CSE 431/531 Analysis of Algorithms

## Syllabus

Professor-in-charge: Dr. Jinhui Xu

Office: 315 Davis Hall
Regular office hours: Fri. 1:00 - 1:50pm
Phone: (716) 645-4734
E-mail:   jinhui@buffalo.edu

Teaching Assistants :

Jiayi Xian
Office hours: Mon.  Wed. 10:00 - 10:50am
E-mail:   jxian@buffalo.edu

Le Fang
Office hours: Tue.  Thu. 1:00 - 1:50pm
E-mail:   lefang@buffalo.edu

Lecture: MWF, 9:00-9:50pm,  Knox 109,
Course web site:   http://www.cse.buffalo.edu/~jinhui/courses/cse531

Required Texts:

• Introduction to Algorithms (3e), Thomas H. Cormen, Charles E. Leiserson, Ronald Rivest, and Clifford Stein, MIT Press, 2001
• Algorithms: Sequential & Parallel, Russ Miller and Lawrence Boxer,  Prentice Hall PTR,1999
Recommended Texts:

• Michael Goodrich and Roberto Tamassia, Algorithm Design: Foundations,Analysis, and Internet Examples, John Wiley & Sons, 2002
• Network Flows, Theory, Algorithms, and Applications,  R. K. Ahuja, T.L. Magnanti, and J. B. Orlin, Prentice Hall, 1993.
Prerequisites: CSE 250, Caculus II,  a course that requires formal proofs.

Course Description:

This course introduces basic elements of the design and analysis of computer algorithms. Topics include
asymptotic notations and analysis, divide and conquer, greedy methods and
dynamic programming, basic graph algorithms, NP-completeness, approximation algorithms, and
network flows analysis. For each topic, beside in-depth coverage, one or more representative problems and
their algorithms shall be discussed.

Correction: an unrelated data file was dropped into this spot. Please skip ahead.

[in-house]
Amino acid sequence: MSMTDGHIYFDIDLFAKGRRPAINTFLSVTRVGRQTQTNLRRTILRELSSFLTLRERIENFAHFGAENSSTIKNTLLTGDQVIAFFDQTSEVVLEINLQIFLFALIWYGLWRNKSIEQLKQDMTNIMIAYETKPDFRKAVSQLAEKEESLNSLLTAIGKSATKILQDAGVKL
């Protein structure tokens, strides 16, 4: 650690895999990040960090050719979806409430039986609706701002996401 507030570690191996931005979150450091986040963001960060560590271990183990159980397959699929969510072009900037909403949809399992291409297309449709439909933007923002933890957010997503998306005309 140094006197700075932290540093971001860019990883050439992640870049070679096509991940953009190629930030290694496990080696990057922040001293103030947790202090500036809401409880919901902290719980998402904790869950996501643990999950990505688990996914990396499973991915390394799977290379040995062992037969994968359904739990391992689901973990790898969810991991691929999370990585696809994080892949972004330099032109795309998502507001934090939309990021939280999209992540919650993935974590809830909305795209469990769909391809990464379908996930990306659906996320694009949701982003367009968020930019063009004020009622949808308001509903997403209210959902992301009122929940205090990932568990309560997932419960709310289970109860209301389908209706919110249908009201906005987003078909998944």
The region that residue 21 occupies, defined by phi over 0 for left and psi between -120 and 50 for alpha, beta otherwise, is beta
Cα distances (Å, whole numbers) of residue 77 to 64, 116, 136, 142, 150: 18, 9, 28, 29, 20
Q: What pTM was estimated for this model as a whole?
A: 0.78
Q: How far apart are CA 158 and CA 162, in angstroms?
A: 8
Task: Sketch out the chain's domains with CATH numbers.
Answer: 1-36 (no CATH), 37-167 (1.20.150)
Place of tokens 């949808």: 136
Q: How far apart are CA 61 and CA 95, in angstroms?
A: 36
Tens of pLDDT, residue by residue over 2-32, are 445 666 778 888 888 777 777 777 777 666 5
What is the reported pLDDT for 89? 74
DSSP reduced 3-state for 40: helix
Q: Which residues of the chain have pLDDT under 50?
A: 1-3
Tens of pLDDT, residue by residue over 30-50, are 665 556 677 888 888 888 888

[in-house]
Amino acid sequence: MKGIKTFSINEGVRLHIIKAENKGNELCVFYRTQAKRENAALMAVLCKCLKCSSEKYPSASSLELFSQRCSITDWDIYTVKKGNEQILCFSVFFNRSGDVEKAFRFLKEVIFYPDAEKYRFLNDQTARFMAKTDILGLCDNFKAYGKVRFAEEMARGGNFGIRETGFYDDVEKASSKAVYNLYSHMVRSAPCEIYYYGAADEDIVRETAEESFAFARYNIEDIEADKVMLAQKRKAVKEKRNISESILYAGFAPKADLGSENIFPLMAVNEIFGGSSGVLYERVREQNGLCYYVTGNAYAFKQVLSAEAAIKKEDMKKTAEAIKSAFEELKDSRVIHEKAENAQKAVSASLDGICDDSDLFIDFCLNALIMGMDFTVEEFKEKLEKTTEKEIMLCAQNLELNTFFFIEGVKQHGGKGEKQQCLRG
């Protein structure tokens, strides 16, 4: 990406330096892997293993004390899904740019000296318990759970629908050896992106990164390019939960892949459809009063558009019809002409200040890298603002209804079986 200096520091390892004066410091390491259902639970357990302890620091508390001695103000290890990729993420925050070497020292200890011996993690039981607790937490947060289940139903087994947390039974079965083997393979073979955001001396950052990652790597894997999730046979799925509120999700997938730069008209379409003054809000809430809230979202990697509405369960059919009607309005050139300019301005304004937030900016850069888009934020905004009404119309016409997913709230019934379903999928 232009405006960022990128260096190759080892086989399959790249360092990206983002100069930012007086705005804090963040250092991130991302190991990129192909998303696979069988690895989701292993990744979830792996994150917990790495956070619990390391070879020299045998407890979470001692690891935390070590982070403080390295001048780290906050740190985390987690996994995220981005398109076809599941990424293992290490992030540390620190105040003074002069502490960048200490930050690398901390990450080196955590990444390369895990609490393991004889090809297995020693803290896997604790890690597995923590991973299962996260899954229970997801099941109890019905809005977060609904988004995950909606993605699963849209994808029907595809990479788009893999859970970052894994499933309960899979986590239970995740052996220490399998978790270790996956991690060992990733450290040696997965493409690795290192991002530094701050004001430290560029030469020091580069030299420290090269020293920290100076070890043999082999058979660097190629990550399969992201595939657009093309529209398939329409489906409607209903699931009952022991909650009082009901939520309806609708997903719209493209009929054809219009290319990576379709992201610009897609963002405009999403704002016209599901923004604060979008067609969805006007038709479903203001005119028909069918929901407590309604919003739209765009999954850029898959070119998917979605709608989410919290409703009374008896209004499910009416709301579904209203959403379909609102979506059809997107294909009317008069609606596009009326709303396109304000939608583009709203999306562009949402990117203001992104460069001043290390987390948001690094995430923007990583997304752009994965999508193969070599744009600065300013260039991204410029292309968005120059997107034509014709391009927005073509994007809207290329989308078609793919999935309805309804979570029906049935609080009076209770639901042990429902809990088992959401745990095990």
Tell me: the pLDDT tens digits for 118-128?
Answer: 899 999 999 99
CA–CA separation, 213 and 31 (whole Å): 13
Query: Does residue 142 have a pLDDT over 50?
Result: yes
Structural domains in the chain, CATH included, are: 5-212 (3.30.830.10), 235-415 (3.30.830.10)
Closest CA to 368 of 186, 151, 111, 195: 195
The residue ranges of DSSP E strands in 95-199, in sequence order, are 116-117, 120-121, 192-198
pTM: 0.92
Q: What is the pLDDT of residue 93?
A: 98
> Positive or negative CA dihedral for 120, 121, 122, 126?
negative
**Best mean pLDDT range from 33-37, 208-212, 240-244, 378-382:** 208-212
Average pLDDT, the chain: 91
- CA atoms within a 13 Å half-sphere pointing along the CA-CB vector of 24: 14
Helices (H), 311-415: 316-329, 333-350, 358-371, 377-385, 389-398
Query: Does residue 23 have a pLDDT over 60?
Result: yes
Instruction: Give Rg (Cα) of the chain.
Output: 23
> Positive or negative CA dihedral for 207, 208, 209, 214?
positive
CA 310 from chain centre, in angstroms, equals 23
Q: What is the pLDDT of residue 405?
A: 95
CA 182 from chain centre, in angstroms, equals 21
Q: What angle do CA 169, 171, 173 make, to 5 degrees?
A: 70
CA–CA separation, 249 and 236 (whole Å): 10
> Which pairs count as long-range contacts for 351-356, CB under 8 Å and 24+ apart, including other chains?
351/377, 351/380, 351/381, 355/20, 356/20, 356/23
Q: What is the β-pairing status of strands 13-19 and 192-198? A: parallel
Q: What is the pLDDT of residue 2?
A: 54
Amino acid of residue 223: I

In addition to the design and analysis of algorithms, students are expected to gain substantial discrete
mathematics problem solving skills essential for computer engineers.

Main Objective:

• Grasp the essential ideas algorithm analysis and design
• asymptotic notations analysis
• typical algorithm design methodologies: divide-and-conquer, greedy algorithms, dynamic programming, network flow analysis
• basic graph algorithms: BFS, DFS, MST, ...
• the notions of NP-completeness and approximation algorithms
• Gain substantial problem solving skills in designing algorithms
At the end of this course, each student should be able to:
•  Have a good overall picture of algorithm analysis and design techniques
• Solve simple to moderately difficult algorithmic problems arising in applications
• Understand the notions of NP-completeness and approximation algorithms
• Be able to demonstrate the hardness of simple NP-complete problems
• Class Participation                            5% in total
• Homeworks (6 problem sets)           25% in total
• Midterm                                            20%
• Final Exam                                       50%
Note: Each component will receive a numerical score. The course grade will be based on the weighted total of all components and the class curve.
Class participation includes attendance, participation in class discussions, and general interest towards the course material.

The exams will be closed-book, and closed-notes.